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Report: Afghan Ministry Says 100 Civilians Killed In Kandahar Raids

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People wave a Taliban flag as they drive through the Pakistani border town of Chaman on July 14, after the Taliban claimed it had captured the Afghan side of the border crossing at Spin Boldak.

Afghanistan's Interior Ministry has accused Taliban fighters of raiding homes and killing at least 100 civilians in attacks in the southern Kandahar Province, near the border with Pakistan.

The accusation, which could not be independently confirmed, was made by ministry spokesman Mirwais Stanekzai, who was quoted by Tolo News as saying the "brutal terrorists" had "ambushed the homes of innocent Afghans in certain areas of the Spin Boldak border town, looted the homes, and martyred 100 innocent people."

The head of Kandahar Central Hospital, Mohammad Daud Farhad, told Radio Azadi late on July 21 that in the preceding 10 days, 346 wounded had been brought to Mirwais Hospital from Kandahar's war zones, including Kandahar City, Dand District, and Spin Boldak.

"As a result of the fighting in Kandahar, 77 bodies have also been brought to our hospital in the last 10 days, most of them unidentified, and it seems that many civilians are among those killed," Farhad said.

Taliban fighters are said to control most of Spin Boldak.

Taliban Seizes Civilian Homes In Kandahar As Government Forces Fight To Defend City
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Taliban spokesman Zabihullah Mujahid denied the group's involvement in the killing of civilians, Tolo reported.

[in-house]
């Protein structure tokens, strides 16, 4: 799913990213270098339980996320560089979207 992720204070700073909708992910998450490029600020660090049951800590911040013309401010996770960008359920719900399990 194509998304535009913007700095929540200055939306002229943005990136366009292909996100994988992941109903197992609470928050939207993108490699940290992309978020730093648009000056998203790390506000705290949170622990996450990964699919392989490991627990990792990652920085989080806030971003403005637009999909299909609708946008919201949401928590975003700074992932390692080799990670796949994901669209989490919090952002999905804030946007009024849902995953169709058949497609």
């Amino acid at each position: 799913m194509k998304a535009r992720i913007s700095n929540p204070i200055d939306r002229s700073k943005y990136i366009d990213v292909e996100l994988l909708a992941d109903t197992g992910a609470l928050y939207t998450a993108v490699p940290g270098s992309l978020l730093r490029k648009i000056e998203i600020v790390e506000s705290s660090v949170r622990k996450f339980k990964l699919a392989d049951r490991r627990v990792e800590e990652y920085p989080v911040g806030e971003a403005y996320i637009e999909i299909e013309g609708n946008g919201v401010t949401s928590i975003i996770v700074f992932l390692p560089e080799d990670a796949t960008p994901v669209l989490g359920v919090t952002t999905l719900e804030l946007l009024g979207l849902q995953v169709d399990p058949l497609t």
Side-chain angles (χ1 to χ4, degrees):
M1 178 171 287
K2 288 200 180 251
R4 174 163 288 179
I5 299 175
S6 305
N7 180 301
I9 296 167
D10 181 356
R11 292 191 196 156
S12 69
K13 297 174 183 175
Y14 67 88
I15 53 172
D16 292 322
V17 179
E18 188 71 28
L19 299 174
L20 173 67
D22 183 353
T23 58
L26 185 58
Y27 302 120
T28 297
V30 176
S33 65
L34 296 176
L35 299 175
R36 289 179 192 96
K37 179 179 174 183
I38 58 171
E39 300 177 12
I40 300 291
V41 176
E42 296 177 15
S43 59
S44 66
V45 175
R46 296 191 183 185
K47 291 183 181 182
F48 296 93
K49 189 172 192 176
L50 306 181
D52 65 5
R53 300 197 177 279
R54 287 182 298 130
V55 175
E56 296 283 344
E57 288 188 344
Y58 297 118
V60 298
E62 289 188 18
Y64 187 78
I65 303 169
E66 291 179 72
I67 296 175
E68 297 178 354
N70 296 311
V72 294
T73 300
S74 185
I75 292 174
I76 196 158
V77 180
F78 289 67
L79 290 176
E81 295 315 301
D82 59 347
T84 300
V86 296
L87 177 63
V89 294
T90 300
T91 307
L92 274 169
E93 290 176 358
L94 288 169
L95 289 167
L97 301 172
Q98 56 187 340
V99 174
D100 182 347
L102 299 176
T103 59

The report of the Spin Boldak deaths comes with Taliban militants reportedly winning control of dozens of districts around the country since the U.S.-led international forces officially began their withdrawal on May 1.

The Afghan Interior Ministry spokesman alleged that the attackers in Spin Boldak had acted on orders from "bosses" across the border in Pakistan, which is on increasingly tense terms with its neighbor since Kabul last week accused Islamabad of sheltering wounded Taliban fighters during Afghan military operations.

Islamabad has rejected allegations of support for violence, and senior Pakistani officials reiterated on July 22 that they are committed to peace and stability in Afghanistan.

Tolo quoted a member of the Kandahar Provincial Council, Fida Mohammad Afghan, as saying that unidentified gunmen had pulled two of his sons from his home in Spin Boldak this week and shot them to death.

He suggested those gunmen were not associated with the Taliban but that "whoever they are, they must be apprehended and they must be brought to justice."

With reporting by TOLOnews and RFE/RL's Radio Azadi
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